"Getting Centered—Assessing Cultural Knowledge Through Shared Personal Practice" Chapter Five (Lindsey et al, 2009)
—Schmoker, 2006, p.29
The above quote from Schmoker (2006), conveys some of the change that is necessary for professional learning communities to be effective in today’s environment. Professionalism at my school site is still undergoing a transition from a site where differences in practices and learning outcomes were often ignored and where classroom visitations were not always welcomed to a site where teachers are inviting others to visit and the sharing of new practices and differences is welcomed and embraced. The school climate over the past year has become more relaxed. Teachers are experimenting with various organizational structures and instructional strategies, and there has been an increase in self-accountability and monitoring, as well as, more teachers taking on leadership roles. Much of this I attribute to our new Principal, who was formerly a teacher at our site.
In terms of professional success and challenges shared among teachers, administrators, and other community members, much of this is done through a Friday Focus email, horizontal teams, monthly Principal Chats, and recognition of student of the month for each grade level. The student of the month is selected through horizontal team online discussion and is not always a top achieving student. Teachers having the selected student usually provide a write-up unique to each student and the student’s names are shared over the PA system monthly. The student recognized also gets a certificate and their picture taken and it is displayed in the front office.
Assessing Cultural Knowledge Through Shared Personal Practice
Questions Guiding My Personal and Professional Work
1) How do I conduct individual and group assessments?
2) In what ways do I learn about the cultures of my students?
3) In what ways do I clarify my own beliefs about culture and diversity?
Area for Growth: In what ways do I develop peer-to-peer support toward specific goals? This is an area if developed more, I might see greater accountability and self-monitoring of students, as well as collaboration.
Questions Guiding Growth Experience for my School Site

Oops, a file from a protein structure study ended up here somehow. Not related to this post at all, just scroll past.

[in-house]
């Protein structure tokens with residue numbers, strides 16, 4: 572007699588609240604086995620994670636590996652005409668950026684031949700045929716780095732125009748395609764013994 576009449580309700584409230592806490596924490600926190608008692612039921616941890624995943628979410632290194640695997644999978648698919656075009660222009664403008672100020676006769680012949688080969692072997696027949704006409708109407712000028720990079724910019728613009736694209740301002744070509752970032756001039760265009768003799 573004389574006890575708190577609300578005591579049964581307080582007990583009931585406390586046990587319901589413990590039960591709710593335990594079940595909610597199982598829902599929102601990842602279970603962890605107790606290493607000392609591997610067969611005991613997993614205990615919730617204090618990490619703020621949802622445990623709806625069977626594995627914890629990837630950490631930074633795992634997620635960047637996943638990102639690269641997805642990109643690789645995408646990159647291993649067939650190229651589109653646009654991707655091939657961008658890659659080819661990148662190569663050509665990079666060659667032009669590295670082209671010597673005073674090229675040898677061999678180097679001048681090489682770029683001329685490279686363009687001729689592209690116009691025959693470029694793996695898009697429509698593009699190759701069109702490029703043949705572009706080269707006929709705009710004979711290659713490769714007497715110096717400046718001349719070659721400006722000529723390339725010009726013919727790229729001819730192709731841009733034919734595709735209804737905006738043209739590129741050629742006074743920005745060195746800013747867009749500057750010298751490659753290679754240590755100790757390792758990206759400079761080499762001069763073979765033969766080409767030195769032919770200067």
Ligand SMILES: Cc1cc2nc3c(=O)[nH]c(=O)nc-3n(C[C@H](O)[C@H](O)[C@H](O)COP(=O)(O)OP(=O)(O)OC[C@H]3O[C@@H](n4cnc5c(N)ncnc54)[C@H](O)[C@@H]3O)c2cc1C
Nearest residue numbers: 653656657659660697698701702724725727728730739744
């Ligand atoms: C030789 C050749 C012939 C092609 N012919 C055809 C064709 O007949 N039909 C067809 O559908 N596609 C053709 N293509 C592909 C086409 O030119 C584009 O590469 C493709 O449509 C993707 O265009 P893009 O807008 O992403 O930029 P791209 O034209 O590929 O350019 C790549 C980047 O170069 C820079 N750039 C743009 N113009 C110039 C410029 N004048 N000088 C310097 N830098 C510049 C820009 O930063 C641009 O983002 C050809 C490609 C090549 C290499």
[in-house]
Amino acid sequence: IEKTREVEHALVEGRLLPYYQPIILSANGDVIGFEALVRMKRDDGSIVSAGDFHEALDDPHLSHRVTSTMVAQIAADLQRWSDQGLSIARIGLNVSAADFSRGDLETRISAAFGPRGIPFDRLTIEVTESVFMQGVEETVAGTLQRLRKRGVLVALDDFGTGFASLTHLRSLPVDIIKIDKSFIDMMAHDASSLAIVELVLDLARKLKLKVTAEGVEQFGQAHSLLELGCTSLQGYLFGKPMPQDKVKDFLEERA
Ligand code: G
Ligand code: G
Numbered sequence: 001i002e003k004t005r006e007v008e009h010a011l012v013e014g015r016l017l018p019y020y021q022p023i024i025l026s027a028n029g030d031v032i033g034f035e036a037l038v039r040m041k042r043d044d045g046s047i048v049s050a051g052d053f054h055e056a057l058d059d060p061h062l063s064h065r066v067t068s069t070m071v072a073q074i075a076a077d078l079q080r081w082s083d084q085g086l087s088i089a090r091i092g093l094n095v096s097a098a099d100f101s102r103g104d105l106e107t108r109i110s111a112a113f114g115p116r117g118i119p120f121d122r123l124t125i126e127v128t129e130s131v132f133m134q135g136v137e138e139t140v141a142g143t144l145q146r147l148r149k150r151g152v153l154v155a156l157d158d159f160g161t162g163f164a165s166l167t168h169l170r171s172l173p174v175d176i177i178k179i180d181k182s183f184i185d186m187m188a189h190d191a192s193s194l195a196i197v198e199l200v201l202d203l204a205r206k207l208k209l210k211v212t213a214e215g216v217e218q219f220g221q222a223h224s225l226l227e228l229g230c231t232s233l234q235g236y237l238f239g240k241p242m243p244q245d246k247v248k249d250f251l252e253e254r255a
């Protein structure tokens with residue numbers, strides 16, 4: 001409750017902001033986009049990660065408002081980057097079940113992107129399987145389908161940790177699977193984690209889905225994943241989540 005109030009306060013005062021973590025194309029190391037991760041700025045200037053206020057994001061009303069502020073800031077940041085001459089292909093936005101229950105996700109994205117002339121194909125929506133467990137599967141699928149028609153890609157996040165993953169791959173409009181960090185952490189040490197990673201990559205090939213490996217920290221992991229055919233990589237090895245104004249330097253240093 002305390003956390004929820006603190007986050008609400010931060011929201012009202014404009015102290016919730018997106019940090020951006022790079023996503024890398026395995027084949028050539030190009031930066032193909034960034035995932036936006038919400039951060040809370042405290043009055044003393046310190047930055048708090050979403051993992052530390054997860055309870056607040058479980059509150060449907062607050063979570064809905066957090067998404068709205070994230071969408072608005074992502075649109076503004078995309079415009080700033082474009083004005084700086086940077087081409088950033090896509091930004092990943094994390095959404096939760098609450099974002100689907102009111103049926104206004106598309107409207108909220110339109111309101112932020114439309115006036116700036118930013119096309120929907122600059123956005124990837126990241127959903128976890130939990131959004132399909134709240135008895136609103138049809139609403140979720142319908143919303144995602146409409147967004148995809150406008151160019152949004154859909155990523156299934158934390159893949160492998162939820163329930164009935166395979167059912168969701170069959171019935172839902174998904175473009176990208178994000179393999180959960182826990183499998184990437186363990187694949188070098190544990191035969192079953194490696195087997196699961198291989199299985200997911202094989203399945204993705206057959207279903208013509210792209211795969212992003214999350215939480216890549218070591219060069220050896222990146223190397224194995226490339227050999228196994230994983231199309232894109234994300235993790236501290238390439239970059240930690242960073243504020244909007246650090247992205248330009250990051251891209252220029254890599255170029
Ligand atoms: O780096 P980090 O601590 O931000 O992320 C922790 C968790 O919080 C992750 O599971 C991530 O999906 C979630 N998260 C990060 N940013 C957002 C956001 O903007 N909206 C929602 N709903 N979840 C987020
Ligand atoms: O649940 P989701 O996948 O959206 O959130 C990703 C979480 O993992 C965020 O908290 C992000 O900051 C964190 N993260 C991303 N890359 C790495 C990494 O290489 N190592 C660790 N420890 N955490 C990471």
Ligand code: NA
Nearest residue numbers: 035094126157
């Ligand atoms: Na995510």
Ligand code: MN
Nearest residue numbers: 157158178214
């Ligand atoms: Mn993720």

In what ways do we learn about the organizational cultures that exist within the school? It was pointed out at a recent staff meeting that although as a staff we are making an effort to get to know our students and the culture at our school site, we often do not focus on the existing staff-faculty culture and the role it plays.
Three Key Lessons:
1) Including parents and students in the learning community creates opportunities for new perspectives, shared understanding and recognition.
2) Ways to assess cultural knowledge and improve cultural proficiency
3) How to turn barriers into opportunities
Three Key Quotes:
1) “When issues of culture, diversity, and equity are added to school-based discussions, personal insecurities and opportunities for cross-cultural miscommunication are often heightened” (pp.62-63).
2) “Barrier questions usually result in shutting down the conversation and inhibiting positive thinking” (p.65).
3) “Data collected at the end of the semester indicated that the policy was not decreasing tardies” (p.66).
Three Key Questions:
1) How do we close educational gaps through the use of cultural, linguistic, learning, and communication styles?
2) How do we change outdated ineffective policies to reflect the current culture at our site?
3) How do we get our learning community to implement more inclusive practices?
Overall, the information in this chapter makes me reflect more on my own practices, as well as learn about the culture of my students. As a World History teacher, I focus on multiple perspectives and cultural identities and appreciate the goals outlined to go deeper with cultural proficiency. In terms of my school site, we are on our way to becoming more culturally proficient but this is still a work in progress.